Mt. Tabor, New Jersey, is a fine example of a 19th century community. Established in 1869 as a Methodist summer camp meeting ground, Mt. Tabor is now a full-time residential community.
While walking through Mt. Tabor, one can see Victorian cottages, complete with gingerbread, and several historic community buildings. Trinity Park is still a busy and central focus of the community. In addition to residences surrounding the park are three octagon structures. The Mt. Tabor branch of the Parsippany library occupies one of them, once known as the Ebenezer Pavilion. The Bethel, a pavilion erected in 1873 and enclosed in 1886, is used as a community meeting hall. Historic displays are featured in the Bethel the day of the annual house tour. The Tabernacle, built in 1885, is used to host large community events, including concerts. The fountain in Trinity Park is a close replica of the original fountain erected in 1875.
Throughout the 1870s and 1880s, private cottages were built at a rapid rate, while some summer residents stayed in tents. By the turn of the 20th century, more than 200 cottages were built, making Mt. Tabor a lively summer resort. The Depression and World War II brought some changes to Mt. Tabor: during these times when families could no longer afford two houses, the cottages were turned into year-round dwellings.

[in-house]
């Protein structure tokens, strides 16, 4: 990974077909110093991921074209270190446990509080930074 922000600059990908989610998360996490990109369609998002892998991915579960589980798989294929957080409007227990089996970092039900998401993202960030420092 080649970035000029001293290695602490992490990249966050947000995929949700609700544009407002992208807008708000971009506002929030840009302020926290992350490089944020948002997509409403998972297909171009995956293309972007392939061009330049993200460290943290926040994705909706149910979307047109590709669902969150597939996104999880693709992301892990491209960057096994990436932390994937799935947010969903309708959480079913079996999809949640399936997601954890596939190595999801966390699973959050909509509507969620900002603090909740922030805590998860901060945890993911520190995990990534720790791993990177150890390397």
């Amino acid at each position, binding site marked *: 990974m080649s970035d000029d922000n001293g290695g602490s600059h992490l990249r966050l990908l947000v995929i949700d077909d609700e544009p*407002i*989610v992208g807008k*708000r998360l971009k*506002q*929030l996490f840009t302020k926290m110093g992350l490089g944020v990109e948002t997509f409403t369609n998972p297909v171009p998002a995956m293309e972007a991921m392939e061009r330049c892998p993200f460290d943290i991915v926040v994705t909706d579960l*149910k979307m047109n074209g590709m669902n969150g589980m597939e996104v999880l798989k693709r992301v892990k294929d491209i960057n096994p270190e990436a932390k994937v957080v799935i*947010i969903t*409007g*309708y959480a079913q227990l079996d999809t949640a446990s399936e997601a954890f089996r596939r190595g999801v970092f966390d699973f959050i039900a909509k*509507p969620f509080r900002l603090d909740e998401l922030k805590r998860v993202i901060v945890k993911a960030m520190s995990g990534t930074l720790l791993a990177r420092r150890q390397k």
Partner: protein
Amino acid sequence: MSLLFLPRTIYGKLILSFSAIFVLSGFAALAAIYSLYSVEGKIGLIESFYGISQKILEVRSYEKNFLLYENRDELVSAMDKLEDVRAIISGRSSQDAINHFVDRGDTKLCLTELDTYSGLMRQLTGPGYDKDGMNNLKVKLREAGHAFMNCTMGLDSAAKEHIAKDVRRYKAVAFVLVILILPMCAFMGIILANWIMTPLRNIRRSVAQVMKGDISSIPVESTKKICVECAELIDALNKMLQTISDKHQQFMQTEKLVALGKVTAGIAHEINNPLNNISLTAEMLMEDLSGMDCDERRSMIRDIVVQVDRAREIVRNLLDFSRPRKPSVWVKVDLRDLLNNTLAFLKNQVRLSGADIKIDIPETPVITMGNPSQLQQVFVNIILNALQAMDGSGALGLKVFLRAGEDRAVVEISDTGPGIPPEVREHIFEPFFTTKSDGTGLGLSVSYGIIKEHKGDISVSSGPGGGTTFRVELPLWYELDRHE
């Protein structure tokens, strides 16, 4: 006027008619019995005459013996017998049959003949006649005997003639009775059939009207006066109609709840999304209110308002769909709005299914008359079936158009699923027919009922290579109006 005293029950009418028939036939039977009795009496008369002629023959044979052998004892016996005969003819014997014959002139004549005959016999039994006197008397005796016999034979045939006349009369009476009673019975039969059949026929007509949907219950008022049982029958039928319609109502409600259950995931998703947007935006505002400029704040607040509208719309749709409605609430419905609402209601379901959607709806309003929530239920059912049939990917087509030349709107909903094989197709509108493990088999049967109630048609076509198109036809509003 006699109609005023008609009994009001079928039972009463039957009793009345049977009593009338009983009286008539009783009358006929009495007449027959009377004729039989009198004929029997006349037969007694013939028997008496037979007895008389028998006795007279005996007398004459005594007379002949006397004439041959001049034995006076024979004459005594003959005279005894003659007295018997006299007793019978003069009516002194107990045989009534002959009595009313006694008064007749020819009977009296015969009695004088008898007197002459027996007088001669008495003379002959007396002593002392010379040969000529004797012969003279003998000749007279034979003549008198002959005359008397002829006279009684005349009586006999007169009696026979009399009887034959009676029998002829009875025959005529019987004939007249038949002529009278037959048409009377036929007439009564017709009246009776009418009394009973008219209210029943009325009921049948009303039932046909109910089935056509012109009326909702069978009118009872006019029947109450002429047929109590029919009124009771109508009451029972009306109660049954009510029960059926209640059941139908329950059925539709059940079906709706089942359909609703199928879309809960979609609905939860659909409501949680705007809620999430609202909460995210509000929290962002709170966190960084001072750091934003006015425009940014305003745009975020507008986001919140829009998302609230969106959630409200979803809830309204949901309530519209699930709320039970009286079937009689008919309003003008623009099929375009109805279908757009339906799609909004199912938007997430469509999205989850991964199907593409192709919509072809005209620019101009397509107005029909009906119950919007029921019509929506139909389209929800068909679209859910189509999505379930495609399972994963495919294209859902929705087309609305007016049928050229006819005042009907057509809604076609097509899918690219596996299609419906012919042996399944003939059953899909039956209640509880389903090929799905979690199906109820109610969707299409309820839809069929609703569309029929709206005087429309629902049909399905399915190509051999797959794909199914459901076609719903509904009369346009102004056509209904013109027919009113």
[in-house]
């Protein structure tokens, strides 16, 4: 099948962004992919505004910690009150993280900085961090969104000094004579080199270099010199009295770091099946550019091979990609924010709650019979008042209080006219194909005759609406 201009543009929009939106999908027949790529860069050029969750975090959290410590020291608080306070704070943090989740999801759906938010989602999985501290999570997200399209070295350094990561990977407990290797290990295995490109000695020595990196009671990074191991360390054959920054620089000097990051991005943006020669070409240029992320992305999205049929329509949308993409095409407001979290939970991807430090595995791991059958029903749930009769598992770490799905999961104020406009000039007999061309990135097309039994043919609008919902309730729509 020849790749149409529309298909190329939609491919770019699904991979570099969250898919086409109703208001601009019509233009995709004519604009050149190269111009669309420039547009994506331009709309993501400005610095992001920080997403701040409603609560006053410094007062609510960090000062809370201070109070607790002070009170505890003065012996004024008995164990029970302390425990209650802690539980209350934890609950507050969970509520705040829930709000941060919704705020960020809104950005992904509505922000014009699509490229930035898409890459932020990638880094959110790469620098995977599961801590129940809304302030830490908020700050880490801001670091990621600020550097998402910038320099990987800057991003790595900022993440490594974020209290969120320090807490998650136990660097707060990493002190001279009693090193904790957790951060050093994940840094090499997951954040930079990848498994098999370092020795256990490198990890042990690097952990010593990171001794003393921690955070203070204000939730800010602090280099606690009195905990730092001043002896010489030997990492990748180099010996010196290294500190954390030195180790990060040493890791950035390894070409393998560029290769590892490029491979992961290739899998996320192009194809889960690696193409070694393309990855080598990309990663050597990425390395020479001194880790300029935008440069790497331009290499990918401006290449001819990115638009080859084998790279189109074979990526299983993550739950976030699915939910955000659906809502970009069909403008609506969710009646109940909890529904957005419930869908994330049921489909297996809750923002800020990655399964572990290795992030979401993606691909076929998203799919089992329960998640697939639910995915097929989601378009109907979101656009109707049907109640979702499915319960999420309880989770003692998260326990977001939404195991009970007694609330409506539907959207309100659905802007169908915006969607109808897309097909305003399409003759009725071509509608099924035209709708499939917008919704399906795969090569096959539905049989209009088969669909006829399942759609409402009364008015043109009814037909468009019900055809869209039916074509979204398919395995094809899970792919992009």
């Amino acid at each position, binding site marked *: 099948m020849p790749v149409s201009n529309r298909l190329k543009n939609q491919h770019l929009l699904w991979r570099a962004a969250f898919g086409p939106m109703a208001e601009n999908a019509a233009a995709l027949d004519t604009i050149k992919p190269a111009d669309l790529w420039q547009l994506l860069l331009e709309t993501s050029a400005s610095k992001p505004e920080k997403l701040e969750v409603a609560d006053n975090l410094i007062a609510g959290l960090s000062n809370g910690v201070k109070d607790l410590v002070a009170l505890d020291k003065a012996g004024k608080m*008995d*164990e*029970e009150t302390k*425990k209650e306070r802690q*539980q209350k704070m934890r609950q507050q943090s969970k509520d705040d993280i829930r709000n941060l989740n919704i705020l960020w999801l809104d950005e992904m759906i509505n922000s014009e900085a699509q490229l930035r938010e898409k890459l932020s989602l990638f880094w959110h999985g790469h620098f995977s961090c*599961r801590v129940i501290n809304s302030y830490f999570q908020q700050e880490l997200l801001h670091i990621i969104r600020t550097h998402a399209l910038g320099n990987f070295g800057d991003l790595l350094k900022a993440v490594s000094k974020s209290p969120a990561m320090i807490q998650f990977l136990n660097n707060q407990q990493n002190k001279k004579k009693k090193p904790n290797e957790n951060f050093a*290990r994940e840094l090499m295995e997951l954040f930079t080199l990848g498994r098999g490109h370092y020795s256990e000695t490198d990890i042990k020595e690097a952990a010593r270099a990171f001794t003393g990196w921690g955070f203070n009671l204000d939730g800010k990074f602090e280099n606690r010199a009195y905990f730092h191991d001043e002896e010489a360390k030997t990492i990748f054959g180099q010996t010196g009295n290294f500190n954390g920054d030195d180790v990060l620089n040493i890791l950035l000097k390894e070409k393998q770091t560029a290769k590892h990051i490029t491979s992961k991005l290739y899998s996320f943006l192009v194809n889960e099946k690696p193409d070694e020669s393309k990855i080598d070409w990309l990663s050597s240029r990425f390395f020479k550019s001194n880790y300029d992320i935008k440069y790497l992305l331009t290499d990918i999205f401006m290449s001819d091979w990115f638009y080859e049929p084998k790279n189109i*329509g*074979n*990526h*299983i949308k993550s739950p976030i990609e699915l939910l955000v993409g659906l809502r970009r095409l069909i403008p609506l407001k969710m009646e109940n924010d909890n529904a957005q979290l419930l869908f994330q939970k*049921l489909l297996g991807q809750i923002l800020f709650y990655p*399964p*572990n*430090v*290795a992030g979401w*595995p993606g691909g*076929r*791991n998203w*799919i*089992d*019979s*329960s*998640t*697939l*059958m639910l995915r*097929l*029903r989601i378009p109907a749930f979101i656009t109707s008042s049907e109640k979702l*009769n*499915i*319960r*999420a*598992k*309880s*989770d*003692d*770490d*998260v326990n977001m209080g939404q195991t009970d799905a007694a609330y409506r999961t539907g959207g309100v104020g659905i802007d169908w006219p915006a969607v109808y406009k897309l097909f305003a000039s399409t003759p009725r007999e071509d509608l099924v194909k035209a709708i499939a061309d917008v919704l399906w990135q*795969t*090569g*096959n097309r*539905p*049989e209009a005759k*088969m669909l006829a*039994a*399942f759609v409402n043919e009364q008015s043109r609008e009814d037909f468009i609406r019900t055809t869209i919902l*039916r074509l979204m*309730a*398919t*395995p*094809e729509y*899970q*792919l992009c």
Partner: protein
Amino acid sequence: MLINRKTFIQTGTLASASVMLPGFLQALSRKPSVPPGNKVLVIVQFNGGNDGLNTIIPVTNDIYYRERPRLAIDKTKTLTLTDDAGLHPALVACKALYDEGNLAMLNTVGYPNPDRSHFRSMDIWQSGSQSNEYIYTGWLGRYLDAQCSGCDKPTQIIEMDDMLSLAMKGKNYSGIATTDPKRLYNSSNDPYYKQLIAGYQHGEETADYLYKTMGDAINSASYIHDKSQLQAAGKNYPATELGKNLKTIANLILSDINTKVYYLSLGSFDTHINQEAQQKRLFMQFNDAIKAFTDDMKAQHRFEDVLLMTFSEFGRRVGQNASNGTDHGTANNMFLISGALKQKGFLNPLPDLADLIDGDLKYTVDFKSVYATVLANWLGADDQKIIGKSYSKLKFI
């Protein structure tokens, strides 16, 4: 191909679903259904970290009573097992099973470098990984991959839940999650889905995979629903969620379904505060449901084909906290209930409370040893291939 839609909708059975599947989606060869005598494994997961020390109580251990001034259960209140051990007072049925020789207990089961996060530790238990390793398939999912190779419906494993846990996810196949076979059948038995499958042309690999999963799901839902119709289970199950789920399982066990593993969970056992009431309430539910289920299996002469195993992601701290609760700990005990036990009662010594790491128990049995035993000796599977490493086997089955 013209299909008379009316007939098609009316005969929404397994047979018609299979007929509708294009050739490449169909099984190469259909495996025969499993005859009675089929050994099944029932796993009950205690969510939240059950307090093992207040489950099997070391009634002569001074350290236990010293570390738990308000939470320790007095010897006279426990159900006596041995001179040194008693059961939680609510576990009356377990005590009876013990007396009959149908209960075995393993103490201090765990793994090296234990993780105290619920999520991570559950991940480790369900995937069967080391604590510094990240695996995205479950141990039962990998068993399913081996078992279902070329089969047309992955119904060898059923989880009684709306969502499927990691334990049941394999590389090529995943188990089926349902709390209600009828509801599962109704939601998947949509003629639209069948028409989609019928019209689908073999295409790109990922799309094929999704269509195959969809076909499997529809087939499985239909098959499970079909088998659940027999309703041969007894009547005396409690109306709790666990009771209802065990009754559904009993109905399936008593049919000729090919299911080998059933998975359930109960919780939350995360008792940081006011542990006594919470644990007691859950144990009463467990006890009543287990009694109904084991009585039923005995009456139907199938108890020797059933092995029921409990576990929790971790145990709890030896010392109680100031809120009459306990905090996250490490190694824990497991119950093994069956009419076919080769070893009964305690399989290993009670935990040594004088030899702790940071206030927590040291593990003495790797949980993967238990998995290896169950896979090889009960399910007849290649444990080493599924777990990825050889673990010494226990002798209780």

Mt. Tabor is still a special community. Its historic heritage is being preserved and its community is full of good will and participation. There are many events each year, including Children’s Day, an annual Holiday Craft Fair, House Tour, and concerts. The many active committees in town include the Garden Club, Historical Society, and Children’s Day Committee. Mt. Tabor also has a golf course and country club.
In 2001 we celebrated the reconstruction of a decorative iron arch at the entrance to Mt. Tabor closest to Dickerson Rd. at Rt. 53. The original arch was in place around the turn of the 20th century, and the reproduction was a project of the Mount Tabor Historical Society and the Beautification Committee of the Camp Meeting Association. It was completed in June of 2001, and helps one to visualize how Mt. Tabor appeared to people arriving by train, as many did. This project was made possible by contributions from individuals, from the Camp Meeting Association, and from money the Mt. Tabor Historical Society raises from events such as the annual House Tour.